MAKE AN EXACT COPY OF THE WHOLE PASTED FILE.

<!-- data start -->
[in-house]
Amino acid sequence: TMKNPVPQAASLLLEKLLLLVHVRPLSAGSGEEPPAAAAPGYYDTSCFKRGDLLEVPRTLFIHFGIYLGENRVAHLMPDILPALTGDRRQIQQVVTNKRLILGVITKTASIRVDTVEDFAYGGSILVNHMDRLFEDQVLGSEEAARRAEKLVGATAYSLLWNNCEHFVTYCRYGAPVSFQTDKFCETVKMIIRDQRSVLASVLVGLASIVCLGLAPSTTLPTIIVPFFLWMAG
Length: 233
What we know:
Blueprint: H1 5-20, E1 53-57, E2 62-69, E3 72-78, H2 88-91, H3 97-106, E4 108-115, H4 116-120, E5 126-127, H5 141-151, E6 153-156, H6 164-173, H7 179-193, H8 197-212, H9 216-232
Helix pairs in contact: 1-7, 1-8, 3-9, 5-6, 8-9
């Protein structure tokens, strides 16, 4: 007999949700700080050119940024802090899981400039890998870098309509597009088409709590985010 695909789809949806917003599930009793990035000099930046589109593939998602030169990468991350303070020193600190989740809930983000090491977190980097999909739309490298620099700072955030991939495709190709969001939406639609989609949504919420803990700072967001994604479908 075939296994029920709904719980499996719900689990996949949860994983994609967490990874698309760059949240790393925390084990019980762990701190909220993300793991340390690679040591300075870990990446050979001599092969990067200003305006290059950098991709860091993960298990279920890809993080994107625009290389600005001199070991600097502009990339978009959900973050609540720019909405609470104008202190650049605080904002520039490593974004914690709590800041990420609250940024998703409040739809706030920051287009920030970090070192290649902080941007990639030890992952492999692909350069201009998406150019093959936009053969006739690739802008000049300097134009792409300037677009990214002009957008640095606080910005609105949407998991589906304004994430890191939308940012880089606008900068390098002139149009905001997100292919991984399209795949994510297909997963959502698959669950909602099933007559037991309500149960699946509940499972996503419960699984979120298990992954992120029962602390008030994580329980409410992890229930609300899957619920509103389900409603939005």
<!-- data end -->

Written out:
[in-house]
Amino acid sequence: TMKNPVPQAASLLLEKLLLLVHVRPLSAGSGEEPPAAAAPGYYDTSCFKRGDLLEVPRTLFIHFGIYLGENRVAHLMPDILPALTGDRRQIQQVVTNKRLILGVITKTASIRVDTVEDFAYGGSILVNHMDRLFEDQVLGSEEAARRAEKLVGATAYSLLWNNCEHFVTYCRYGAPVSFQTDKFCETVKMIIRDQRSVLASVLVGLASIVCLGLAPSTTLPTIIVPFFLWMAG
Length: 233
What we know:
Blueprint: H1 5-20, E1 53-57, E2 62-69, E3 72-78, H2 88-91, H3 97-106, E4 108-115, H4 116-120, E5 126-127, H5 141-151, E6 153-156, H6 164-173, H7 179-193, H8 197-212, H9 216-232
Helix pairs in contact: 1-7, 1-8, 3-9, 5-6, 8-9
């Protein structure tokens, strides 16, 4: 007999949700700080050119940024802090899981400039890998870098309509597009088409709590985010 695909789809949806917003599930009793990035000099930046589109593939998602030169990468991350303070020193600190989740809930983000090491977190980097999909739309490298620099700072955030991939495709190709969001939406639609989609949504919420803990700072967001994604479908 075939296994029920709904719980499996719900689990996949949860994983994609967490990874698309760059949240790393925390084990019980762990701190909220993300793991340390690679040591300075870990990446050979001599092969990067200003305006290059950098991709860091993960298990279920890809993080994107625009290389600005001199070991600097502009990339978009959900973050609540720019909405609470104008202190650049605080904002520039490593974004914690709590800041990420609250940024998703409040739809706030920051287009920030970090070192290649902080941007990639030890992952492999692909350069201009998406150019093959936009053969006739690739802008000049300097134009792409300037677009990214002009957008640095606080910005609105949407998991589906304004994430890191939308940012880089606008900068390098002139149009905001997100292919991984399209795949994510297909997963959502698959669950909602099933007559037991309500149960699946509940499972996503419960699984979120298990992954992120029962602390008030994580329980409410992890229930609300899957619920509103389900409603939005």